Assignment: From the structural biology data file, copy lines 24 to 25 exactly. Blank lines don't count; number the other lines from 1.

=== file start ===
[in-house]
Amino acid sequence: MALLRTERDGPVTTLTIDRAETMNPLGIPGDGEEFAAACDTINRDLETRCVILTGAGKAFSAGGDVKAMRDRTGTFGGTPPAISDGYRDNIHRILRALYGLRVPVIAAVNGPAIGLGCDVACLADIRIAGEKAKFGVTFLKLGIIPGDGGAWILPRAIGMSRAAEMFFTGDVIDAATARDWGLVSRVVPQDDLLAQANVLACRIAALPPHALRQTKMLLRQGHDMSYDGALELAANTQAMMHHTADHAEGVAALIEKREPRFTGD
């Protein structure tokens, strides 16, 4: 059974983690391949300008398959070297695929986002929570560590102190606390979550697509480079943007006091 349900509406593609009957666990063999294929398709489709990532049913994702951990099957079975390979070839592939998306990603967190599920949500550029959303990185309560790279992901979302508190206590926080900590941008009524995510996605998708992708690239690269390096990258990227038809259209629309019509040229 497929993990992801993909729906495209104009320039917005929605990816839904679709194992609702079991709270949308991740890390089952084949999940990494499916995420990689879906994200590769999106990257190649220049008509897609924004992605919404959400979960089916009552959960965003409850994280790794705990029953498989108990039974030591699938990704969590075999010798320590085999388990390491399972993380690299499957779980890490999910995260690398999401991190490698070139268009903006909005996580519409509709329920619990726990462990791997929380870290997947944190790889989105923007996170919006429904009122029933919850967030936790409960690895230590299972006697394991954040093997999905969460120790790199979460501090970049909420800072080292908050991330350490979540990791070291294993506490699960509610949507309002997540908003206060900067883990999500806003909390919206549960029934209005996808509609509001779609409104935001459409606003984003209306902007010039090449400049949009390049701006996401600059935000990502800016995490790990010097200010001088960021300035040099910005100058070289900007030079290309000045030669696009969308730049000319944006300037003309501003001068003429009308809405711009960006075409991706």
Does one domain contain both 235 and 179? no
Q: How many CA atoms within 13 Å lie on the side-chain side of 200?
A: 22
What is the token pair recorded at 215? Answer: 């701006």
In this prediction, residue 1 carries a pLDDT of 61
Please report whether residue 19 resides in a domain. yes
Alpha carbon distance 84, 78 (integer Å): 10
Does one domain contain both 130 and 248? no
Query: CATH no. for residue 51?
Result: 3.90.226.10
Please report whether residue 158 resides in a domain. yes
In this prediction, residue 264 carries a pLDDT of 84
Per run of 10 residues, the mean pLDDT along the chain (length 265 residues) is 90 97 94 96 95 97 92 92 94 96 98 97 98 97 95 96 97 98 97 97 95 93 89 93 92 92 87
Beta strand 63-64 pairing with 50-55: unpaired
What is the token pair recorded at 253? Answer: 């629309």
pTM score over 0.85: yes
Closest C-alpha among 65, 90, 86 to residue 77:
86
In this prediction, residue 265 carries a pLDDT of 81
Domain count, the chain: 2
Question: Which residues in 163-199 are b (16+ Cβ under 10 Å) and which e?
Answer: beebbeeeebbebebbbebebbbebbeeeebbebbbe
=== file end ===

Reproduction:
Question: Which residues in 163-199 are b (16+ Cβ under 10 Å) and which e?
Answer: beebbeeeebbebebbbebebbbebbeeeebbebbbe